Deciding to get a new dog or puppy can be one of the most exciting times of your life, and getting things right means that you will spend the next decade or hopefully much more with a loyal, loving best friend and companion that can really enrich your life.
However, picking the right dog or puppy in the first instance is also a very highly loaded decision, and making the wrong choice can result in a lot of heartache and unhappiness for both you and the dog, which might even culminate in rehoming if you really can’t cope of you and the dog are making each other miserable.
Making the right decision on your future dog is not easy, particularly given that you are only likely to have a limited time to make a decision when you find your potential match; but getting things right from the start is as important as it is difficult! So, how to proceed?
In this article, we will share some advice and guidance on how to tell if the dog or puppy that you are considering is right for you, in order to avoid potential pitfalls.
Before you start browsing adverts, visiting shelters or breeders and otherwise being proactive about looking for one specific dog, narrow down your options as far as possible by ruling out dogs that will not be suitable. The criteria that you should use to do this are fairly exhaustive, and encompass factors such as size, breed, personality, temperament, energy levels and appearance, but you should be able to narrow your hunt down to a fairly specific type, breed or small selection before you start browsing in earnest.
As mentioned earlier on, the process of picking out the right dog and agreeing to have him or her can feel rather pressured, as you will always be aware that if you do not commit, someone else might come along and take the dog before you have decided.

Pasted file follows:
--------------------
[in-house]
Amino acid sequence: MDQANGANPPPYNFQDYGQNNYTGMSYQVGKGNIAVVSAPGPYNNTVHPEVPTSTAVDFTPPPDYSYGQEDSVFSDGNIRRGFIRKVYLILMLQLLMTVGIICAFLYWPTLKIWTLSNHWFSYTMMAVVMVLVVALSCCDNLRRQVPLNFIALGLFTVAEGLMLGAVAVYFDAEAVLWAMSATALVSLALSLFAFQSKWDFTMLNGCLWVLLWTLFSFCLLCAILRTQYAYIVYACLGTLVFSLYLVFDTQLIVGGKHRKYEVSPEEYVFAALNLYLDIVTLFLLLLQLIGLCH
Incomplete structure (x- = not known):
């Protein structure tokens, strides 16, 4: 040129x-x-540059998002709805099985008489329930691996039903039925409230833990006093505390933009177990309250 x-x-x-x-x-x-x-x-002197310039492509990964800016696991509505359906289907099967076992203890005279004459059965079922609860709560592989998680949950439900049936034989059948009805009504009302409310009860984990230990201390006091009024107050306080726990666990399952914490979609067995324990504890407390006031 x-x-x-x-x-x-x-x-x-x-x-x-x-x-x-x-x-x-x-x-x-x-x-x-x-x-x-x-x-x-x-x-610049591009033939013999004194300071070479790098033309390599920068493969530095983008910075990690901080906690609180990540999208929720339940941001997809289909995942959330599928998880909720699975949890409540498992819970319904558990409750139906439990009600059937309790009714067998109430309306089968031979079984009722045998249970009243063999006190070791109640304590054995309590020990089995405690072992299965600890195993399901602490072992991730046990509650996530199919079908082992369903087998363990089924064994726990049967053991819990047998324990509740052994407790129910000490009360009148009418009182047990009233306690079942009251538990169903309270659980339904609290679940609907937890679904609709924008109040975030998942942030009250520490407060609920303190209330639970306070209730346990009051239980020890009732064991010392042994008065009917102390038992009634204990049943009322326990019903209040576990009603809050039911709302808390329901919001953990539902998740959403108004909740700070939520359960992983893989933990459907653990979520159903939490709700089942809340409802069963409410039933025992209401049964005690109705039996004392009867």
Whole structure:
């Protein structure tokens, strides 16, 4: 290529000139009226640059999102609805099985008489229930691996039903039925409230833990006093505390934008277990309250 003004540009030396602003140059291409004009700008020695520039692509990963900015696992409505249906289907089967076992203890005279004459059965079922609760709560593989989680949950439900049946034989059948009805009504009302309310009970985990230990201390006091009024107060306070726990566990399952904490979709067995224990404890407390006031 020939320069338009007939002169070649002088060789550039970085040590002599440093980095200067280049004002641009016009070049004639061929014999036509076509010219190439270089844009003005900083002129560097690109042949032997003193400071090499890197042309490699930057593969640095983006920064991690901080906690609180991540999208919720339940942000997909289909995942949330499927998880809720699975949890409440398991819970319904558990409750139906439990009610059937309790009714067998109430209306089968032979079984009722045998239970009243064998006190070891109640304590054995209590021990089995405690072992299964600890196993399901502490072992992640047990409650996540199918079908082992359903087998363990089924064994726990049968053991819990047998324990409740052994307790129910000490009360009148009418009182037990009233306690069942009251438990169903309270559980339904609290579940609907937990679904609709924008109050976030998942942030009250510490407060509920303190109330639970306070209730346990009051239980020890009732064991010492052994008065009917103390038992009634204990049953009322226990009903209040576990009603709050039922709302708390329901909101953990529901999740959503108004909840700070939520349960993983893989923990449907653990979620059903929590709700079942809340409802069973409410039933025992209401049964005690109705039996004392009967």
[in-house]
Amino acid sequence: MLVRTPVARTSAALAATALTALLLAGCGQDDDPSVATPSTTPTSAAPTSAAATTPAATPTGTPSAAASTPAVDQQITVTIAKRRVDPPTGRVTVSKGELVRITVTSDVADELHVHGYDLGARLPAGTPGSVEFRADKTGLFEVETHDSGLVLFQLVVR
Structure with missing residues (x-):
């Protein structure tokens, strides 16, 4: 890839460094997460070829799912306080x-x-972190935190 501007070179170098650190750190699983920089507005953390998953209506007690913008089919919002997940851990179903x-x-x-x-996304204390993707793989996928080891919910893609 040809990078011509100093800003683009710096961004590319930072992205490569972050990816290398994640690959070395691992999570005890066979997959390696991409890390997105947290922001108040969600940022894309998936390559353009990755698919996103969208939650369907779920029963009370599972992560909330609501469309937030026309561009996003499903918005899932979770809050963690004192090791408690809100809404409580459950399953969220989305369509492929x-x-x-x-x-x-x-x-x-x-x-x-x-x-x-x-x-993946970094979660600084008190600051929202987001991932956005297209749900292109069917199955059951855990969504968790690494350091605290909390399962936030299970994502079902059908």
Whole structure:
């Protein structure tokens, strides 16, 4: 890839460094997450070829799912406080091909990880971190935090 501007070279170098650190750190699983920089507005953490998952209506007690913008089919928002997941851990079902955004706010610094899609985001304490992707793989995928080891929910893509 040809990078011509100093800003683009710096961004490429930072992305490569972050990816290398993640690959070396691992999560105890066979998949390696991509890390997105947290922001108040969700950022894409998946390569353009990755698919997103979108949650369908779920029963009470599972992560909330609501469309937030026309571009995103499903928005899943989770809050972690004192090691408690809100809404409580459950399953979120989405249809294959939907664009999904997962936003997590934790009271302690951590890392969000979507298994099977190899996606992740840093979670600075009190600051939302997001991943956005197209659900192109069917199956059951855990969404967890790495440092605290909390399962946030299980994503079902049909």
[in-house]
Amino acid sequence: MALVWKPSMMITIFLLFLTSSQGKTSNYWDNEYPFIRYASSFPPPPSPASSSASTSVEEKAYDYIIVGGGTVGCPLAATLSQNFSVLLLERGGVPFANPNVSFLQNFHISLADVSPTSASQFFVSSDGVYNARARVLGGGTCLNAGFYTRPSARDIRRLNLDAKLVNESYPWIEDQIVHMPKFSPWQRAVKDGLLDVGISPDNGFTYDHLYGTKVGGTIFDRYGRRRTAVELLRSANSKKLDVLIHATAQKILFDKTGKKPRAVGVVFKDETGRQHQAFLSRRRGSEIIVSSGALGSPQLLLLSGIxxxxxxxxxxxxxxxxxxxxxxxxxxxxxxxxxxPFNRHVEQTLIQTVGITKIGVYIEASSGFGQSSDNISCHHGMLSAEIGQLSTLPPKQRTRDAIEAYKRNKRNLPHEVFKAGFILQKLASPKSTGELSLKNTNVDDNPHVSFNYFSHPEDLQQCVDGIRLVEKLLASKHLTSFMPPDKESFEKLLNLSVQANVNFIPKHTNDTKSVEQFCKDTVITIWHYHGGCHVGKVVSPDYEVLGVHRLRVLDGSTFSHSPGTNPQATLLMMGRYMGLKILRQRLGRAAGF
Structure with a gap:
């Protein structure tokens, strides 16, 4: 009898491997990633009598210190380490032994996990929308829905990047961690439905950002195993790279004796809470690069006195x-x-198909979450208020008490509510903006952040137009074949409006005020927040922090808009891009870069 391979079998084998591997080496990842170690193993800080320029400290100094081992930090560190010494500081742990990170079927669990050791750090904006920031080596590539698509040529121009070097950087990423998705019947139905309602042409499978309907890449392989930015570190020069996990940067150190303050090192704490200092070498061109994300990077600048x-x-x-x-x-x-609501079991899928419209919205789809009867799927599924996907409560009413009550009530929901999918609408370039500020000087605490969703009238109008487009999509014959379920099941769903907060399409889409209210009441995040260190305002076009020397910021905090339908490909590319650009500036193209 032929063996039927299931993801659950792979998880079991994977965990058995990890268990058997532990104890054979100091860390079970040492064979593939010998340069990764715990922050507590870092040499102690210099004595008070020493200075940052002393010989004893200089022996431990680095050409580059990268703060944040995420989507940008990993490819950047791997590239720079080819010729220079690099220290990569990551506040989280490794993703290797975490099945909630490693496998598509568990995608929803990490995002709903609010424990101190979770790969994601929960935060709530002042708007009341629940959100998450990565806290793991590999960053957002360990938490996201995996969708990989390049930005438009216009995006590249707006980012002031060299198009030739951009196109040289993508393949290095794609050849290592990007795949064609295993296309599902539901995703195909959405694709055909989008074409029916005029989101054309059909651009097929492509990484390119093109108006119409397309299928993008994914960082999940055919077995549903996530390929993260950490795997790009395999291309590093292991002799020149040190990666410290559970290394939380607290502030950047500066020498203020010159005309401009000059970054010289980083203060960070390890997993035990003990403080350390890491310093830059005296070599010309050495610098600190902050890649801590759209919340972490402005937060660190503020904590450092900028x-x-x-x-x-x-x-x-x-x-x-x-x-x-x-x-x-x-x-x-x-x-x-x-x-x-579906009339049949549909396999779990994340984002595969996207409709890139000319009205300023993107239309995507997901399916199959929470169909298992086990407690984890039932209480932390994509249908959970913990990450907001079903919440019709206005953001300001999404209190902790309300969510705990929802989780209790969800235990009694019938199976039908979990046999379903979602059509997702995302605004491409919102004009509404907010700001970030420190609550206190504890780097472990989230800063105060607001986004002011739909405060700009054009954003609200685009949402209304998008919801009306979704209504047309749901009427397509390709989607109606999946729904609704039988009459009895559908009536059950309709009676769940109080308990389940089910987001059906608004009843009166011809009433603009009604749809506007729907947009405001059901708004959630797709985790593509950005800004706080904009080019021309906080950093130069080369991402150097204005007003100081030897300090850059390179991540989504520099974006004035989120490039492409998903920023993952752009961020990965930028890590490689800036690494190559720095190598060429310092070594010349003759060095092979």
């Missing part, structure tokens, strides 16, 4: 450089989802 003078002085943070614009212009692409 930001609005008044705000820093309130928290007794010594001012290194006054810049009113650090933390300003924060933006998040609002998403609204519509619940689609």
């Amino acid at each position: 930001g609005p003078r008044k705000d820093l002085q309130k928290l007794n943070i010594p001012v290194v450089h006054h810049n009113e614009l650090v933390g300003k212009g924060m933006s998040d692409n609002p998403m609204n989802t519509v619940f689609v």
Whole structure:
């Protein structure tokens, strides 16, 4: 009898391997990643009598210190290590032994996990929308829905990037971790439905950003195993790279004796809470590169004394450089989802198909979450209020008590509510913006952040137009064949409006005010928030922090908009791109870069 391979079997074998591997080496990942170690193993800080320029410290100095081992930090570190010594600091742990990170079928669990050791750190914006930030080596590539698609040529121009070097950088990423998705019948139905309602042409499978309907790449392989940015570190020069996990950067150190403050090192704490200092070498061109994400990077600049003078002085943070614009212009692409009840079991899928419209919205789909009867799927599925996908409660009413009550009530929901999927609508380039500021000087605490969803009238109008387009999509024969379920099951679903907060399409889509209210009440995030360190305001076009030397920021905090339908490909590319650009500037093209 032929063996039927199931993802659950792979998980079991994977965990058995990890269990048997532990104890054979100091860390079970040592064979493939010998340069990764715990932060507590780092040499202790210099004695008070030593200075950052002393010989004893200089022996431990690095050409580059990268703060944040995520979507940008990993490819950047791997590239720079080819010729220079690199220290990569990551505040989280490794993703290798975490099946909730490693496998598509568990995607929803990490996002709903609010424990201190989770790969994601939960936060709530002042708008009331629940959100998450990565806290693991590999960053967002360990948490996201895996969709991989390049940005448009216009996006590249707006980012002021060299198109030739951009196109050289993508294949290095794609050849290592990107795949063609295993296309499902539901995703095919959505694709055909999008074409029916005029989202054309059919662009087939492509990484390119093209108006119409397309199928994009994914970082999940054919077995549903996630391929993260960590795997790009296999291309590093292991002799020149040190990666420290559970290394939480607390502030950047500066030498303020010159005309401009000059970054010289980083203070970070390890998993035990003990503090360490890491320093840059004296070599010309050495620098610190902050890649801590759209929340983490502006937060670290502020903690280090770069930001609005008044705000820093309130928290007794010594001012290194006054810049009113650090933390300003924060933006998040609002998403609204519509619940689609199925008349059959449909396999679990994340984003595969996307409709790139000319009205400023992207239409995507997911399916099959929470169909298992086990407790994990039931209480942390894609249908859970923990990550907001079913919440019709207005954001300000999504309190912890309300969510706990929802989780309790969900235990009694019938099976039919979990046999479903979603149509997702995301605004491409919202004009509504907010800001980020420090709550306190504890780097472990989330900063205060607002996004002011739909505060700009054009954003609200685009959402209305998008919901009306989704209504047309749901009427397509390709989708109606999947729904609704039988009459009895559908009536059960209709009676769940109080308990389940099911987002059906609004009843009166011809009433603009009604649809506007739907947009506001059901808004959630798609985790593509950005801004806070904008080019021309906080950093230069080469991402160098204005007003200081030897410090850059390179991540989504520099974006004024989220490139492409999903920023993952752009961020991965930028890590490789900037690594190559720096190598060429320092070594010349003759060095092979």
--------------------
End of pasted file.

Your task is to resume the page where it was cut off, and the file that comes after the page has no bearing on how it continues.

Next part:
However, this is not a good reason to rush into something or commit to a dog if you are not 100% sure-there will always be other dogs down the line, and it is better to miss one potential good choice than it is to end up with the wrong one.
Before you go to look at a particular dog or visit a shelter, have a plan firmly set in your mind for how you will proceed when you get there-in terms of what you want to ask the people selling or rehoming the dog, the things that you want to find out about, and any firm deal-breakers that would let you know that the dog would not be a good fit.
Also, have a clear plan about how you want to interact with the dog and what you want to see from their behaviour and activities when you view them, rather than just going in without a plan and forgetting all about your plan while faced with a new furry friend!
It is important to narrow down the type of dog that you want to a reasonable range that will be realistic for you in terms of their energy levels, size, personality and other core traits. But it is also ok to be open minded about some of these things within reason-and you might find that the dog that catches your eye or pulls on your heartstrings is rather different than you had initially envisioned!
It is perfectly fine to pick a dog that looks the complete opposite of what you thought you wanted, or is a bit older or otherwise not a cookie-cutter example-but tread carefully when it comes to issues such as size, energy levels and personality!
It is also important to be realistic about how life with your new dog will proceed once you get home. Dogs within a shelter environment will not be at their best, and once they have settled in with you, they might become much calmer and more relaxed, or much more lively and confident!
When it comes to puppies, viewing a litter may give you an idea of which pup is dominant, which quiet and which is going to be a tearaway, but puppies in particular mature and develop in different ways, and so factor this in!
Finally, never lose sight of the fact that the way that you treat, handle and care for your dog also has a direct, large impact on their personality and temperament too. If you adopt a dog because it is impeccably well behaved and a pleasure to be around but then let it eat off your plate and not follow any rules, you will soon find that the dog becomes quite different, of your own making.
Additionally, a shy, nervous or poorly socialised dog will often blossom into the most loyal companion once they begin to feel safe with you, and have all their needs met!